Want a more exhilarating experience? Board the Peak Tram (£7 return including Sky Terrace; thepeak.com.hk), a historic funicular railway rising 1,300 metres above sea level to the top of Victoria Peak, where you’ll be rewarded with unbeatable city views. Arrive half-an-hour before sunset and watch Hong Kong’s lights illuminate the skyline in all their full-on, Technicolor glory. At 8pm every night, the Symphony of Lights show takes the dazzling cityscape to another level when 47 buildings around Victoria Harbour ‘perform’ to music with lasers and lights. You can witness the spectacle free along the Tsim Sha Tsui waterfront between the Avenue of Stars and the Hong Kong Cultural Centre, but the best place to see it is from the water. Book a place on Aqua Luna (aqualuna.com.hk, £24), one of the last remaining traditional red-sail Chinese junks, order your complimentary drink, then sit back and enjoy the show.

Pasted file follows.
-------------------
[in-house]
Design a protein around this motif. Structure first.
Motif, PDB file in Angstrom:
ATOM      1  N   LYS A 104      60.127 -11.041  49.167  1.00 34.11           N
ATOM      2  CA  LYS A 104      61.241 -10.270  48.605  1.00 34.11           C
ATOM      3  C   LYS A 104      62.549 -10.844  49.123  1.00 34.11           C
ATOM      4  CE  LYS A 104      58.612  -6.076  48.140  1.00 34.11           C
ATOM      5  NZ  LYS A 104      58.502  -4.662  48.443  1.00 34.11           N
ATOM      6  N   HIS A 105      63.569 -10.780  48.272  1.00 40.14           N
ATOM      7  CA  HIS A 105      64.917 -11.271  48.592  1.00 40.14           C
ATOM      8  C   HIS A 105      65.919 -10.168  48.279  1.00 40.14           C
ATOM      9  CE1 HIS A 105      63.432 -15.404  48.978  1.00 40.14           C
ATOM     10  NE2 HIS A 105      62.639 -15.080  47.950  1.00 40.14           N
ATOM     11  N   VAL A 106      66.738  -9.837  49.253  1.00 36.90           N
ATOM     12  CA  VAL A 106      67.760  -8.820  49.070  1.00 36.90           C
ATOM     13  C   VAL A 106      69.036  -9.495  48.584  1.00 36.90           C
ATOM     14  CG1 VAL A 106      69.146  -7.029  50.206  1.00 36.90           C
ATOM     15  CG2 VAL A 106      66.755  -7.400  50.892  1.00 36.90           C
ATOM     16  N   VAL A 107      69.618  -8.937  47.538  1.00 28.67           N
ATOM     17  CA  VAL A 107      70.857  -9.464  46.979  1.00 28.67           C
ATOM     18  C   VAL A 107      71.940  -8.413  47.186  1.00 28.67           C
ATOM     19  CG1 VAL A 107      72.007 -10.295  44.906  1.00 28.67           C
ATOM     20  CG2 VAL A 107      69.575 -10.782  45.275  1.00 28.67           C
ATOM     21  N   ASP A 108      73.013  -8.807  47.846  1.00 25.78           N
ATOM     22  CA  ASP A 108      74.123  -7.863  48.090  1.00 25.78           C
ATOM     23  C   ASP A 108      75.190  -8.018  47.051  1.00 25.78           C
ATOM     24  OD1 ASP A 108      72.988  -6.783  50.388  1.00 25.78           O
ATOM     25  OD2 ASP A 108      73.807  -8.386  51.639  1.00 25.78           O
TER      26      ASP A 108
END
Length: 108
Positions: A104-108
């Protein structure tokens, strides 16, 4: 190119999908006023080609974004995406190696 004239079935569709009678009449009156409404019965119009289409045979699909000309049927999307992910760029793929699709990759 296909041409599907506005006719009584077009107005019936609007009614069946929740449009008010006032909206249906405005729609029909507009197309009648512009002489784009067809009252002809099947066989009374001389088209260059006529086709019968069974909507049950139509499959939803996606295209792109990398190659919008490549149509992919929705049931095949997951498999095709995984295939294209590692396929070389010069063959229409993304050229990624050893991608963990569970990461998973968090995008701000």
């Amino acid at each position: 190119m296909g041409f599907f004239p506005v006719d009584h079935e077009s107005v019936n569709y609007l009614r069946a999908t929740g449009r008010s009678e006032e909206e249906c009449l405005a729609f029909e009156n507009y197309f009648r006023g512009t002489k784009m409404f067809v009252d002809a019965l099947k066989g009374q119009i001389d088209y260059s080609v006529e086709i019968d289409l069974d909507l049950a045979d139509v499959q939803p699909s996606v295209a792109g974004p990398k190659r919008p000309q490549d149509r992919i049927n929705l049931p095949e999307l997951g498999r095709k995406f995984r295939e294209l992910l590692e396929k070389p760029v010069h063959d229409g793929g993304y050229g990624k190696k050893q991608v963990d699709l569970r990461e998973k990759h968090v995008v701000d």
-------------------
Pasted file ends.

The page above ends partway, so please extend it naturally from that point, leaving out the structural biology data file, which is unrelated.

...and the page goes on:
For more entertainment after dark, go late-night shopping. A far cry from a damp Thursday evening on London’s Oxford Street, Hong Kong’s night markets are vibrant, intoxicating and fun. If you’re looking for rock-bottom prices, be prepared to haggle – it’s not unusual to pick up goods for half their advertised price with some creative negotiating. Every night, crowds flock to the Ladies Market in Mong Kok (4pm till midnight) for cheap shoes, clothes and accessories, while Hong Kong’s biggest night market, Temple Street Market in Kowloon, is renown for mens and womenswear, antiques, jade, electronics and souvenirs (think selfie-sticks, chopsticks and fake designer goods). It’s open from 2pm, but it really comes to life after sunset when fortune-tellers read your future for a fee, opera singers entertain tourists and street vendors sell meals and snacks in open-air restaurants sandwiched between traditional market stalls.

Peak viewing: be sure to ride the tram up to Victoria Peak